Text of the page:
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Equity serves to fill in the gaps of Common Law. Discuss

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Introduction

Equity Zhiling. Equity serves to fill in the gaps of common law. The word equity itself means fairness. In the 12th century, litigants could bring a case to court based on the cause of action and the grounds of the claim. New writs were created to fit new circumstances. However in the 13th century, common law began to be rigid and litigants had to fit the circumstances into the existing writs. This is did not uphold morality as it meant that people were unable to bring an action to court (cannot seek justice) if it did not fit into any of the existing writs. Common law had to follow precedent and offered only damages which were inadequate. Dissatisfied parties petitioned the king who passed the cases to Lord Chancellor. Slowly the people started to petition the Lord Chancellor himself and he started to judge cases based on his own moral view (idea of fairness), thus created the Court of Chancery. ...read more.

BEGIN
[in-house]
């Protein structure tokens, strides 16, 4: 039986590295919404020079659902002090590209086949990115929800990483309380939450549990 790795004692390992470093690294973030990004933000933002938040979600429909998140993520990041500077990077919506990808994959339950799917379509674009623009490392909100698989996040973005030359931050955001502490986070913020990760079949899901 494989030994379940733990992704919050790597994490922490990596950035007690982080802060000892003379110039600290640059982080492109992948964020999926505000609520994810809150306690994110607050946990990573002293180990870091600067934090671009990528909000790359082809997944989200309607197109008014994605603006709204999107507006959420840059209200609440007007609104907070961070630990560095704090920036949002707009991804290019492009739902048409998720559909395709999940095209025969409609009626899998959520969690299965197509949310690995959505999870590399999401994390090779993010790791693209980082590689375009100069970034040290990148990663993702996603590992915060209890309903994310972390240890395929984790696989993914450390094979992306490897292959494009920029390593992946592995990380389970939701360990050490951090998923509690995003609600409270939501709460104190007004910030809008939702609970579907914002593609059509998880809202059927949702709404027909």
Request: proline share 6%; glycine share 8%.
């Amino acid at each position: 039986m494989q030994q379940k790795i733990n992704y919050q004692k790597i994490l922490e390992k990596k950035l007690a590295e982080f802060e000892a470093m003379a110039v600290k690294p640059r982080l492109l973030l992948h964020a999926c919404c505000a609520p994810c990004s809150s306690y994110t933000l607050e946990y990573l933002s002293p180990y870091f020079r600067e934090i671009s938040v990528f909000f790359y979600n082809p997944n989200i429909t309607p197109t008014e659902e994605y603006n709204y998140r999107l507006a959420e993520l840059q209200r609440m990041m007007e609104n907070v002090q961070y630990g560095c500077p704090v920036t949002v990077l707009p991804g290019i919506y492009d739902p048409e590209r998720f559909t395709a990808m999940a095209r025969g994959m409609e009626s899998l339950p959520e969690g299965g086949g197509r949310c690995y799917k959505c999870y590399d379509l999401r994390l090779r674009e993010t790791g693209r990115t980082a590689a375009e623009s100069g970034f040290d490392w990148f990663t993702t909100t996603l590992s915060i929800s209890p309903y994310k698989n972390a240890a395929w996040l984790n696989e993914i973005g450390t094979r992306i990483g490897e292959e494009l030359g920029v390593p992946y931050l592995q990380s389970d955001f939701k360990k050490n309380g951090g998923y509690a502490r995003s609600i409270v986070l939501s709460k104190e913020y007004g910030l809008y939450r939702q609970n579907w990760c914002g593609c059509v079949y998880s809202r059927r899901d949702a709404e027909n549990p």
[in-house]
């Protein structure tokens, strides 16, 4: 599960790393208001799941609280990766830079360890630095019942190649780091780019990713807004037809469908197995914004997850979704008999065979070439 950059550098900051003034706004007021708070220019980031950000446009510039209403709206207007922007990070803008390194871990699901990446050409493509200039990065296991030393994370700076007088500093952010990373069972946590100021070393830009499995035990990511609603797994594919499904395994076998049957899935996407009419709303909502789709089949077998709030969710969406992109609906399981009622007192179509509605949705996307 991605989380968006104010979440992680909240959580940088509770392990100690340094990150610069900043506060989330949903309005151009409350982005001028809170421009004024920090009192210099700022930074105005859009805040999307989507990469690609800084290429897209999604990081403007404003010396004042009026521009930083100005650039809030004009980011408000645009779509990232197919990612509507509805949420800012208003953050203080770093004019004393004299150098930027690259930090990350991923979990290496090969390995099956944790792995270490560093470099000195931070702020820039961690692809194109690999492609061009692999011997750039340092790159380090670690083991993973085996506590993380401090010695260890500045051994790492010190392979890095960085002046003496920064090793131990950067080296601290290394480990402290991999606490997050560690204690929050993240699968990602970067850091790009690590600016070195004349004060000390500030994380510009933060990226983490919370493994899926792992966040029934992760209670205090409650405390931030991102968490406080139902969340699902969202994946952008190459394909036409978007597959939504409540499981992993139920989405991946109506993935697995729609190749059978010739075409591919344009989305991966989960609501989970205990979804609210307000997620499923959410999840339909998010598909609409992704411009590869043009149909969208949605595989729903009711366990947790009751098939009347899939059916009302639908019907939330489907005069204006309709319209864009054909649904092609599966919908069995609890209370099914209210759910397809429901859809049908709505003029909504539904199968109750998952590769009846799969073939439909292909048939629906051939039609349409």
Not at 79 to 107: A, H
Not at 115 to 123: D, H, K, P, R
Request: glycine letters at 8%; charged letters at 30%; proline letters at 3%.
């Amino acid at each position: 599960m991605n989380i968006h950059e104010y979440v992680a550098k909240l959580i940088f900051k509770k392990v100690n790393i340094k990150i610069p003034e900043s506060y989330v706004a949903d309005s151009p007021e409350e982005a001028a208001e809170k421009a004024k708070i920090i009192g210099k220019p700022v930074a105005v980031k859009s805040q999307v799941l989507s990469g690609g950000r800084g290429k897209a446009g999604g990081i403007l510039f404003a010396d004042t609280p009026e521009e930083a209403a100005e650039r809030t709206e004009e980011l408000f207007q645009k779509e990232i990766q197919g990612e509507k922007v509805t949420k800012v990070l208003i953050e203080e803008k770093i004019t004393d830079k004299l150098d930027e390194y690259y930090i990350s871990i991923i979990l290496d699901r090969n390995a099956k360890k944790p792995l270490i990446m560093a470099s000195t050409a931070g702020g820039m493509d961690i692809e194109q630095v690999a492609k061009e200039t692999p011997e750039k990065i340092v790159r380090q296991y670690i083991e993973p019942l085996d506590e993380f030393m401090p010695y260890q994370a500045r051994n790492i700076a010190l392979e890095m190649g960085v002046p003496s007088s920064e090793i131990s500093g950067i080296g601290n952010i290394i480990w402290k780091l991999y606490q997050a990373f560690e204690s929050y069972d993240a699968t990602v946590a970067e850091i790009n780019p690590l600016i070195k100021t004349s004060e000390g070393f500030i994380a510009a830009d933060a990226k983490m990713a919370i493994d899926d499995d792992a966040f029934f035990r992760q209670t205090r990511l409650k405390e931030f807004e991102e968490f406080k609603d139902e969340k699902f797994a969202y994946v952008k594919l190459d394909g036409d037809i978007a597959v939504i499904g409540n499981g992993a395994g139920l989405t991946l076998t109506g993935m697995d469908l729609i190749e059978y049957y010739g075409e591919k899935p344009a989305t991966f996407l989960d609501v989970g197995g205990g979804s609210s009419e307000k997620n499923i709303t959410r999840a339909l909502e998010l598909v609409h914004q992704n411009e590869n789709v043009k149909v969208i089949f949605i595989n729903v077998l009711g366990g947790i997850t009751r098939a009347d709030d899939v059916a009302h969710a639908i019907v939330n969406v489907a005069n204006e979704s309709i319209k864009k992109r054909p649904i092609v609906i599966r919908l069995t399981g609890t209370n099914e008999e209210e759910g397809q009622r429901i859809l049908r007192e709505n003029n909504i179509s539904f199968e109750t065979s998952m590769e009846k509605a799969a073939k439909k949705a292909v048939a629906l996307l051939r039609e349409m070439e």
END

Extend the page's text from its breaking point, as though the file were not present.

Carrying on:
Middle

Mareva Injunction is an injunction that relates to the freezing of the assets of the defendant in the jurisdiction of the courts. This is to prevent the defendant disposing or destroying assets to avoid payment. This promotes flexibility as it has become easier for people to transfer assets in the modern society such as via internet. The Promissory Estoppel is an order preventing the person from denying a promise that he had made. Several conditions have to be fulfilled such as: 1. An existing relationship between the promisor and the promise. 2. Detrimental reliance on the promisor by the promisee. 3. Doctrine to be used as a shield and not as a sword. 4. Inequitable for the promisor to go back on his word. This is illustrated in the case of Central London Property Trust v High Tree House case. ...read more.

Conclusion

Equity must follow law. In the case of Rhone v Stephens, equity did not depart from common law rule that a 3rd party cannot be made to perform a contract. He who seeks equity must do equity. In Chappell v Times Newspapers case, the litigant failed to obtain an injunction as he refused to carry out his own future obligation. He who comes to equity must come with clean hands. In D&C Builders v Rees, Mr and Mrs Rees had taken advantage of the Builders financial situation and did not come to court with clean hands hence they were could not claim Promissory Estoppel. Equity looks to the intent rather than form. Delay defeats equity. In the case of Leaf v International Galleries, both parties unknowingly gone through a transaction thinking that they had a genuine Constable. However, the litigant tried to bring the case to court a few years later but was refused as it was over the limitation period. ...read more.

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